Bernie Sanders in line to chair influential Senate committee on health, education and labor

By: Lola Duffort; VT Digger

Sen. Bernie Sanders, I-Vt., is expected to take over as chair of one of the chamber’s most influential policy committees.

The current chair of the Senate Committee on Health, Education, Labor and Pensions, U.S. Sen. Patty Murray, D-Wash., is leaving her post to take over the powerful Senate Committee on Appropriations — a job currently held by U.S. Sen. Patrick Leahy, D-Vt., who is retiring at the end of his term in January.

Per Senate custom, Sanders’ seniority puts him next in line to chair what’s often called the HELP committee. His office confirmed on Thursday that he wants the job.

“As chairman of the committee, he will focus on universal health care, lowering the cost of prescription drugs, increasing access to higher education, and protecting workers’ rights on the job,” Mike Casca, a spokesperson for Sanders, said in a statement.

Sanders has served on the HELP committee since he was elected to the U.S. Senate in 2007. He currently chairs the panel’s subcommittee on primary health and retirement security. The move would mean Sanders will have to give up his chairmanship of the Senate Budget Committee.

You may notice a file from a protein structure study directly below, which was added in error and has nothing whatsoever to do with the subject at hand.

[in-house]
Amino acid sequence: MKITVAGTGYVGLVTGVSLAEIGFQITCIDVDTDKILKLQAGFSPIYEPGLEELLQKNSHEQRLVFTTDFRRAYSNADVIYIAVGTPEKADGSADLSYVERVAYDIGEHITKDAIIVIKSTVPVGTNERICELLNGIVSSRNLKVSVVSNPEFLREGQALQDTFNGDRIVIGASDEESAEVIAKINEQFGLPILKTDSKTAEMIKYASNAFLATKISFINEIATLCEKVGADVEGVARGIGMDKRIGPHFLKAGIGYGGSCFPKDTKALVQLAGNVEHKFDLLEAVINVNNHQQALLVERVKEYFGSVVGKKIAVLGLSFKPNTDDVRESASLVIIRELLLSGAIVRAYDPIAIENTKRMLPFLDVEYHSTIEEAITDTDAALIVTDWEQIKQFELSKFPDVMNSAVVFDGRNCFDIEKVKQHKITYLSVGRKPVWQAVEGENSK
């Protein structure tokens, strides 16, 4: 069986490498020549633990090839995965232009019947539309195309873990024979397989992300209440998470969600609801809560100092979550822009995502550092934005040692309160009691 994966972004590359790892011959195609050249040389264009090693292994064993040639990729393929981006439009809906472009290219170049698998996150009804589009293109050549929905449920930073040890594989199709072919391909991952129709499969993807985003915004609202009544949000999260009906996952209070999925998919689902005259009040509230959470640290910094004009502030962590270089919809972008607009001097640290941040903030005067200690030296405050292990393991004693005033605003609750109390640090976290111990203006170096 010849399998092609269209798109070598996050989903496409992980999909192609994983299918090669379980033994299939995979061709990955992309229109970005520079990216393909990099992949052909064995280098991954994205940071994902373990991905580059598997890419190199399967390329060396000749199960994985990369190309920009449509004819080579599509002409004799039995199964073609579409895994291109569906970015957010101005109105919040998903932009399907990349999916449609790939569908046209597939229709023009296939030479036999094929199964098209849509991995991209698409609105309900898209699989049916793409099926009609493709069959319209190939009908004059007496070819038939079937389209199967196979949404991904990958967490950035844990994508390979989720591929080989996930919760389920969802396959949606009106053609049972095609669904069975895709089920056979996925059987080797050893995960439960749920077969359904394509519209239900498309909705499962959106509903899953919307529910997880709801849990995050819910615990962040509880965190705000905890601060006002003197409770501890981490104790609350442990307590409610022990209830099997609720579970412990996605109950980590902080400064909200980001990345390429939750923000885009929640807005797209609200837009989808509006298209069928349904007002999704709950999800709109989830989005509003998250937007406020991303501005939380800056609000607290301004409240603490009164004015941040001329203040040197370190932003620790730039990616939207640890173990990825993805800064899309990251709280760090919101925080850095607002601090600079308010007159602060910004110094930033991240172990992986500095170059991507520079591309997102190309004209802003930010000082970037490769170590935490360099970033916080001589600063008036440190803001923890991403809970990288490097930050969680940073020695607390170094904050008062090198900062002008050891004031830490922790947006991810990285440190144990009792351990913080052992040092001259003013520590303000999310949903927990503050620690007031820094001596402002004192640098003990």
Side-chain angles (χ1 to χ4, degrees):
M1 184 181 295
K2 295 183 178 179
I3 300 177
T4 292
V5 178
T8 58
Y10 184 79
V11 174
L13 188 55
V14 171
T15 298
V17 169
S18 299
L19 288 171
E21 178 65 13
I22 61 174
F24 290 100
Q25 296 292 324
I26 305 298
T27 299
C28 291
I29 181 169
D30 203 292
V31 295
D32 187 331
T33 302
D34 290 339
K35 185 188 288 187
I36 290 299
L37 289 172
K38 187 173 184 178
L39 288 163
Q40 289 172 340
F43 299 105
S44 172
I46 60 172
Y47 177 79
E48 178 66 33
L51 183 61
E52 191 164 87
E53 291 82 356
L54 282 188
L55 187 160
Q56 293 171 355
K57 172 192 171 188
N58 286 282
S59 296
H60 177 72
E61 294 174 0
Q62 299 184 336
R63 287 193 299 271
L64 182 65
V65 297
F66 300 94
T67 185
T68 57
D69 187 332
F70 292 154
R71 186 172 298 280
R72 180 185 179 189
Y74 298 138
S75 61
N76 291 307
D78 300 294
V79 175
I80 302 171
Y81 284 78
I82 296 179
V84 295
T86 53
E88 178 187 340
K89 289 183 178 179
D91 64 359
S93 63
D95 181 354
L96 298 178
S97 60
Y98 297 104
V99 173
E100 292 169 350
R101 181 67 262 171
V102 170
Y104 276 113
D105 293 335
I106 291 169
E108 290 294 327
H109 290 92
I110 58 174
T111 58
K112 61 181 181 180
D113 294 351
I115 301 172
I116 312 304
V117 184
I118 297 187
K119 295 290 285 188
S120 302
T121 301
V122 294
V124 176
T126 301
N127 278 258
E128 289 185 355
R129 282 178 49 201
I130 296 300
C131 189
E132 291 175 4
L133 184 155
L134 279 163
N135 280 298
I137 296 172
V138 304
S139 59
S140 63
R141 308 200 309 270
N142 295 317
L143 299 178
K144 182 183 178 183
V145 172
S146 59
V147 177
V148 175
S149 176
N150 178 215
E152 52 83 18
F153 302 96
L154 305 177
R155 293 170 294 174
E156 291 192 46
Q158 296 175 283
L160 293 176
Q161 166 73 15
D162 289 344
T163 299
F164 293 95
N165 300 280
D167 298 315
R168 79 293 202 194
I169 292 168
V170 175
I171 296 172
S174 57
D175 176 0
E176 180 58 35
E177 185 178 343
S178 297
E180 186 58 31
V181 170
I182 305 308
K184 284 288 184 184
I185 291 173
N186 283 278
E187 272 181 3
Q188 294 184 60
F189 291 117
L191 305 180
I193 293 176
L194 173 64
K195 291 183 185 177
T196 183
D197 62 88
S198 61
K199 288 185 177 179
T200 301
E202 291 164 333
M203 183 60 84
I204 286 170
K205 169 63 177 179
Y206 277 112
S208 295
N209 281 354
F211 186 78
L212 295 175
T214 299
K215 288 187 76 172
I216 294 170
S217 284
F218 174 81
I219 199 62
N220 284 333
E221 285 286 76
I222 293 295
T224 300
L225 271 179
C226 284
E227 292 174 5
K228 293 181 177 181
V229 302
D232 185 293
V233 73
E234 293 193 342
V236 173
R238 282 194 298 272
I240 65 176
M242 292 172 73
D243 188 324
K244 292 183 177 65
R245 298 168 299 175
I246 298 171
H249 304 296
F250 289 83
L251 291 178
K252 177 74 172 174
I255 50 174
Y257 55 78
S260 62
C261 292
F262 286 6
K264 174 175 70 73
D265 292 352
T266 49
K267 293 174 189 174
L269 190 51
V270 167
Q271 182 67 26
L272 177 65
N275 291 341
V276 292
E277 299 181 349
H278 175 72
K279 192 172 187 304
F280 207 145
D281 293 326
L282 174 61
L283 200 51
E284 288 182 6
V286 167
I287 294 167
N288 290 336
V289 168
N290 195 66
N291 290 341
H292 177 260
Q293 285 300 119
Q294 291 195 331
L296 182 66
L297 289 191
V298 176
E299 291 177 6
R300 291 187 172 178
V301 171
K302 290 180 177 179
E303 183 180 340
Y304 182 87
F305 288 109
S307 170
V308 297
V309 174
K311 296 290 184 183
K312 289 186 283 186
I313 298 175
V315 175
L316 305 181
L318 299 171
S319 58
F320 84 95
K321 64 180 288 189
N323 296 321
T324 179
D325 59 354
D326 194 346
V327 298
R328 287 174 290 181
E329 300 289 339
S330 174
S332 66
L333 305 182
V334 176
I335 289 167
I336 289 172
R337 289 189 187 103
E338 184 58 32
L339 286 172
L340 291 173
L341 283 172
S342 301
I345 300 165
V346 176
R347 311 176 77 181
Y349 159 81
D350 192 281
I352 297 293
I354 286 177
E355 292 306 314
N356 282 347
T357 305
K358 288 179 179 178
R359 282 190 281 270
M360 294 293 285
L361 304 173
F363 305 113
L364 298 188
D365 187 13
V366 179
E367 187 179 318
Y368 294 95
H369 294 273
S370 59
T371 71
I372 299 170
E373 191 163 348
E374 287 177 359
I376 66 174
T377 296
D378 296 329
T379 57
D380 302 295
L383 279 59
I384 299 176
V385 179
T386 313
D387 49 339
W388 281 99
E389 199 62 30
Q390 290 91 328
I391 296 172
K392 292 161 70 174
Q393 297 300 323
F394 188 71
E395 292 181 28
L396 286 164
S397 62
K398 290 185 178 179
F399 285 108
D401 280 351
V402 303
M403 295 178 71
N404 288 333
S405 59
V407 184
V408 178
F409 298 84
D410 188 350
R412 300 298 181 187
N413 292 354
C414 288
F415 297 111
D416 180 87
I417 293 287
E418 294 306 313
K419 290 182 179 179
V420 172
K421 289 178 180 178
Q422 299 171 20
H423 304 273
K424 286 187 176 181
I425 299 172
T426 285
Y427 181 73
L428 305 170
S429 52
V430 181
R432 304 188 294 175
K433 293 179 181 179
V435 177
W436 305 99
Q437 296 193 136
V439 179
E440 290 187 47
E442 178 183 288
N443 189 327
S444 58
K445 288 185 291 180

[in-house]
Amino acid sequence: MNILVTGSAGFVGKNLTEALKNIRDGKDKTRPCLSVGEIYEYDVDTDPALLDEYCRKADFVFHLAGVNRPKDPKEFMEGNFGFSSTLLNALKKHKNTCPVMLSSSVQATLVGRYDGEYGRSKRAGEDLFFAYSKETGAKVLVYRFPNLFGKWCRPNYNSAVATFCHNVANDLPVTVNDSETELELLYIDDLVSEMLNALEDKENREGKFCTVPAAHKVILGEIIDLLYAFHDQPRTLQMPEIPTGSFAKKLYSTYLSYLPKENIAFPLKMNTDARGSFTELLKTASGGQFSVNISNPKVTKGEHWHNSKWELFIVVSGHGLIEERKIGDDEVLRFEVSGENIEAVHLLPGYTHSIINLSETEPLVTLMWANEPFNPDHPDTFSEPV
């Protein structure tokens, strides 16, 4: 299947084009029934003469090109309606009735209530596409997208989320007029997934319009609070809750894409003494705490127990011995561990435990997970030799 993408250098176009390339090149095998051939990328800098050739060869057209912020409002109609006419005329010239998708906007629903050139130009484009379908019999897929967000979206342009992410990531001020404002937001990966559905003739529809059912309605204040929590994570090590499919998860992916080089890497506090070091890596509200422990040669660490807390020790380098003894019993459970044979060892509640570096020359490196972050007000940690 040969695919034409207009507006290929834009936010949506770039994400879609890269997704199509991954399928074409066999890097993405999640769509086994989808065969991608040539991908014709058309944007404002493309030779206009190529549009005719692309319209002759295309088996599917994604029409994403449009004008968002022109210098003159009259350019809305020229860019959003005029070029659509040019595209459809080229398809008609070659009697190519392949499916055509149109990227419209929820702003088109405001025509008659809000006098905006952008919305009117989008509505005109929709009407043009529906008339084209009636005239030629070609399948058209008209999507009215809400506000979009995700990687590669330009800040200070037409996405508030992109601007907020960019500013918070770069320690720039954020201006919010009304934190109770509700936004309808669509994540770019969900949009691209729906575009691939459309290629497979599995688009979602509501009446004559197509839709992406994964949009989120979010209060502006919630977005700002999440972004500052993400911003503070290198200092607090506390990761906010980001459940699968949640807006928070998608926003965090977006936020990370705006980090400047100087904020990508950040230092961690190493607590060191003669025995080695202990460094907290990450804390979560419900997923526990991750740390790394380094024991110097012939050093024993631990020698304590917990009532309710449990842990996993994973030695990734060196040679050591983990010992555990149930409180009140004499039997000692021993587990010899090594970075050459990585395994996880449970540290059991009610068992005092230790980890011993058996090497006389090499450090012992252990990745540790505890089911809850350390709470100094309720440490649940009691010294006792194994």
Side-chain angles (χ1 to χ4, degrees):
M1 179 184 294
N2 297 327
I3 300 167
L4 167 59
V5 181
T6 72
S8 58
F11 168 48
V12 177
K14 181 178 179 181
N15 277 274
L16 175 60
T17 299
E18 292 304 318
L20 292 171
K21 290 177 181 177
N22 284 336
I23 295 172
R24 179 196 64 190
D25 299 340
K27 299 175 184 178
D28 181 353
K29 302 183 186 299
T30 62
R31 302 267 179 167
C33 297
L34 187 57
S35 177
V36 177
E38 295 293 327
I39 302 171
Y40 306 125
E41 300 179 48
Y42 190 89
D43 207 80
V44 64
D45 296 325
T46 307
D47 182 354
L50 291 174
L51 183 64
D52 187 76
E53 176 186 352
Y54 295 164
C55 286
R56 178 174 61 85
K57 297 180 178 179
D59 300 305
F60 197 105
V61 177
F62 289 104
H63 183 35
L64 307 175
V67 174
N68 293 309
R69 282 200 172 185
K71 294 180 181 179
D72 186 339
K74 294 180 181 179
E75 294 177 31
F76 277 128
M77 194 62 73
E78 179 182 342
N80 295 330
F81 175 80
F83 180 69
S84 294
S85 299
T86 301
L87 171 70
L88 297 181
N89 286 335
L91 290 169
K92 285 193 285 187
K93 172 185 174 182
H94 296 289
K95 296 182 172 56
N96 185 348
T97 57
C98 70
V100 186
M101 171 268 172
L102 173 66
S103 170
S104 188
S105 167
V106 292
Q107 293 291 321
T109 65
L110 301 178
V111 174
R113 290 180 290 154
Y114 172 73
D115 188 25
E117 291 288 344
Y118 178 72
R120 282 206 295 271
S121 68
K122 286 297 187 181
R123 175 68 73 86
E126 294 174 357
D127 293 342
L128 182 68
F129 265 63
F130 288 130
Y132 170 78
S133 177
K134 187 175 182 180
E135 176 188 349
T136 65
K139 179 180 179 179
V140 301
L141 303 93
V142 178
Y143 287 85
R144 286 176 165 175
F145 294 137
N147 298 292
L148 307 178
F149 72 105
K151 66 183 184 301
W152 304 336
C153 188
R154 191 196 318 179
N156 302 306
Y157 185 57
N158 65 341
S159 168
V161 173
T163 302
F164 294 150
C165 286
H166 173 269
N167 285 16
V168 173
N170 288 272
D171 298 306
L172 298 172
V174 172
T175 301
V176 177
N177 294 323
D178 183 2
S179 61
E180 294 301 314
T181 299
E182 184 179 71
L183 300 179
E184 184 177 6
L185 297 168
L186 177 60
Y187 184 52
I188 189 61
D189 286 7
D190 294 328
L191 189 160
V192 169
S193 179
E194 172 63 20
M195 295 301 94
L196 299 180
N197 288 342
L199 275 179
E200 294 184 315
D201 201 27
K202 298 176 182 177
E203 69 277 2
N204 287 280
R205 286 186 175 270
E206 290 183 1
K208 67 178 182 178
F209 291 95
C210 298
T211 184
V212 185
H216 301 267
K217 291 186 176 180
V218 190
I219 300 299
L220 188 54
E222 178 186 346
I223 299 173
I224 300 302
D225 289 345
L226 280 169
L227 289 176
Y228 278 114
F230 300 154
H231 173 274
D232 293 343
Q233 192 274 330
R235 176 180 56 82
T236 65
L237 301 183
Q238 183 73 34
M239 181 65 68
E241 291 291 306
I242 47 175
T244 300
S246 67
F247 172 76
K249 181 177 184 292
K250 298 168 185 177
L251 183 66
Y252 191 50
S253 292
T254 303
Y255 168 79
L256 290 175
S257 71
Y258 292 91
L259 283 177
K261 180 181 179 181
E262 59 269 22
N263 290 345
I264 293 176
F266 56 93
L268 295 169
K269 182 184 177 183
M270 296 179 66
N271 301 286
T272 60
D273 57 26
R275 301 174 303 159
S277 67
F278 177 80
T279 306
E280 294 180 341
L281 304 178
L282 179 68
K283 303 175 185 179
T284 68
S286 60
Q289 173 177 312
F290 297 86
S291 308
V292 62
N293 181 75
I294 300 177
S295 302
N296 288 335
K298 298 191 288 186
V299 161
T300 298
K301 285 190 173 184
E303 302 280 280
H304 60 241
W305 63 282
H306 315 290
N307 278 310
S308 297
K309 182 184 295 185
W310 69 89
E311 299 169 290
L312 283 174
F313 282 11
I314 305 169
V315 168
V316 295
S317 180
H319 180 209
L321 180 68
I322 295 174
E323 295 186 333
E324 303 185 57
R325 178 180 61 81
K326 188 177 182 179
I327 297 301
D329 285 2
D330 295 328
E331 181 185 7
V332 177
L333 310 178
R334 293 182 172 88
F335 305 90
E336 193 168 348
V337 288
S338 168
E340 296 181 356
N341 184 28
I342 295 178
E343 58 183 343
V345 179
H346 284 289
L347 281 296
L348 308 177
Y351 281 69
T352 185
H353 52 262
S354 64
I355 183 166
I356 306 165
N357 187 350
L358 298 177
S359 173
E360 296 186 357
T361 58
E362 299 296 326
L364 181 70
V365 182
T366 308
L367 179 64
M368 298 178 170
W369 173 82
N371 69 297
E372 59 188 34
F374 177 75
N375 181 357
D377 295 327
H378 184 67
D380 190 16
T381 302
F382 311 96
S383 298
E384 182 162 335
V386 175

None of the sweeping reforms, including Medicare for All, that Sanders has called for in the health care and pharmaceutical sectors for decades are a remote possibility with the U.S. House under Republican control. But the HELP helm will nevertheless give Sanders an important bully pulpit from which to advance his policy agenda.

Sanders wouldn’t be the first senator from Vermont to chair HELP. Jim Jeffords, who preceded Sanders in the upper chamber — first as a Republican and later as an independent — also chaired the influential panel, and in 1999 even gave it its current name.

U.S. Rep. Peter Welch, D-Vt., who will succeed Leahy in the new year, will have little say in his committee assignments as a freshman senator. He told VTDigger after the midterms he planned to ask leadership what “realistic options” would look like, although he expressed confidence that by forging “bipartisan relationships,” he could make his mark.

“Whatever committees I’m on, I’m going to have an opportunity to be a very productive member of the Senate on behalf of Vermont,” he said.